More than a year after he was released in a controversial prisoner swap, Sgt. Bowe Bergdahl will face court-martial for charges including desertion and endangering troops. The precise date of the arraignment hearing has not yet been announced, but it will take place in 2016 at the United States Army Forces Command (FORSCOM) headquarters in Fort Bragg, North Carolina. This report comes two months after an army officer suggested Bergdahl should not face jail time or a discharge from the military.
According to online legal advisory service Nolo.com, a person becomes subject to Uniform Code of Military Justice (UCMJ) upon enlistment in the armed services, a rule that came about post-World War II in an effort to establish a standardized system of criminal justice for all branches of the military. Under this code, the military court-martial process was born. The court-martial is a judicial court intended to try members of the military accused of offenses that oppose its laws.
Procedurally, the defendant is given the right to hire detailed military defense counsel — called a judge advocate — request witnesses (if applicable), and have a probable cause hearing (Article 32 proceedings). The defense counsel is either assigned via an objective service, or selected by the defendant. Defendants are also welcome to employ a civilian attorney, though it can prove an expensive feat.
If a commander opts to send a case to court-martial, an investigation must come first, and depending on whether or not the case is going to summary (which is less severe), special, or general court-martial, an informal or a formal investigation will take place. In other words, the type of court-martial plays a role in the general time-frame of the trial. Afterward is the probable cause hearing, where a prosecutor presents evidence of the offense, as well as favorable evidence, to a hearing officer. The defendant doesn't have to participate in the probable cause hearing, but it does happen. The defendant also has the right to waive this hearing, though it could increase the chances of facing court-martial. Additionally, the defendant's commander chooses the hearing officer, the jury, and ultimately determines whether the case should go to trial.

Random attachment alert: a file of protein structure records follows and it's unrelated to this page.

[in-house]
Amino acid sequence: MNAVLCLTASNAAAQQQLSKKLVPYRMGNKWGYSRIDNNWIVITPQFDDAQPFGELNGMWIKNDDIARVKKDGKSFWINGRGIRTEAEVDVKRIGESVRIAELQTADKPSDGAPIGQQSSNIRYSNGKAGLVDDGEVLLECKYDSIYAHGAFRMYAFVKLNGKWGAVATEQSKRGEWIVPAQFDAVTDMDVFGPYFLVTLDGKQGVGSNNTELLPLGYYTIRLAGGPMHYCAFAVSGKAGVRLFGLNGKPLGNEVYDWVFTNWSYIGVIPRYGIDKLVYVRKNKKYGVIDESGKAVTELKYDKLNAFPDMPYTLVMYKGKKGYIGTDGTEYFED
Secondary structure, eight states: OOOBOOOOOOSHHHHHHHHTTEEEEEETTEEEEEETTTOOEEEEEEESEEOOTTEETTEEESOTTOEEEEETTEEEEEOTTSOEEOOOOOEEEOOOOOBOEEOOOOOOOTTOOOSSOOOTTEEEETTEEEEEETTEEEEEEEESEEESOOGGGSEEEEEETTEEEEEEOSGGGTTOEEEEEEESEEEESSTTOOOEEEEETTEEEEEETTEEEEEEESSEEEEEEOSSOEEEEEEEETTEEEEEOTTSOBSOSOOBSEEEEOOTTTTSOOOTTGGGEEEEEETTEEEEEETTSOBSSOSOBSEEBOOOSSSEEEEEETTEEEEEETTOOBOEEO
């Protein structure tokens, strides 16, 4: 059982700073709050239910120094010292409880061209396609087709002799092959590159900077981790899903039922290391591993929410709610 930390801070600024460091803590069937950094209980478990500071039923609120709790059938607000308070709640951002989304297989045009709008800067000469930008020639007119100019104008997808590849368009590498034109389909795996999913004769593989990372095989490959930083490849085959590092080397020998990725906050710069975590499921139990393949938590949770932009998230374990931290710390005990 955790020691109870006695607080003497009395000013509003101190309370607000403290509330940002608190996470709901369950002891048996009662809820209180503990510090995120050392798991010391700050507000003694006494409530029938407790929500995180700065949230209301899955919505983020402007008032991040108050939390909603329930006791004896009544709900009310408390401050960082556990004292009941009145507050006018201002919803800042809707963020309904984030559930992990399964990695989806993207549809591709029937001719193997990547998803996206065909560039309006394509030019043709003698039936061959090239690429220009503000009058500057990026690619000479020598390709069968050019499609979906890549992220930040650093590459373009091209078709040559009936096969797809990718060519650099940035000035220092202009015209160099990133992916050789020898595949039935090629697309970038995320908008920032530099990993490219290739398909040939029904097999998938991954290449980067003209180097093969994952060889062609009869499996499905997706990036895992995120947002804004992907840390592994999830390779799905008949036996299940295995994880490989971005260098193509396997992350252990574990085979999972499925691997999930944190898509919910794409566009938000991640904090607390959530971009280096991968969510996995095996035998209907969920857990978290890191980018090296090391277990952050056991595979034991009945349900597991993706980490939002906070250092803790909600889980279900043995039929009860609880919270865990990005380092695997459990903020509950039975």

The trial is similar to a civilian court trial in that lawyers arrange evidence and witnesses and file pre-trial motions in pre-trial proceedings. The trial itself occurs before a jury or military judge. Juries tend to rule more kindly than military judges, but the defendant's commander may select the members of the jury — though this is also done by a staff judge advocate. At this point, voir dire questioning occurs, which is a bit like the verification of jurors for civilian jury duty.
The major difference in court-martial proceedings from a civilian one, though, is that a two-thirds vote decides guilt; if two-thirds cannot reach this conclusion, the defendant is granted innocence. The only occasion in which a unanimous ruling is required is in cases involving a death sentence.
How long might it take before a hearing happens? The answer depends. In Sgt. Bergdahl's case, he already had his Article 32 proceeding. Initially, Lt. Colonel Mark Visger suggested a special court-martial for the case, but this was overruled by Gen. Robert Abrams — Sgt. Bergdahl's commander — in favor of a general court-martial, making the proceedings much more severe and likely of longer duration. Sgt. Bergdahl's charges include a desertion charge and a misbehavior before the enemy count, the latter of which could result in a life sentence.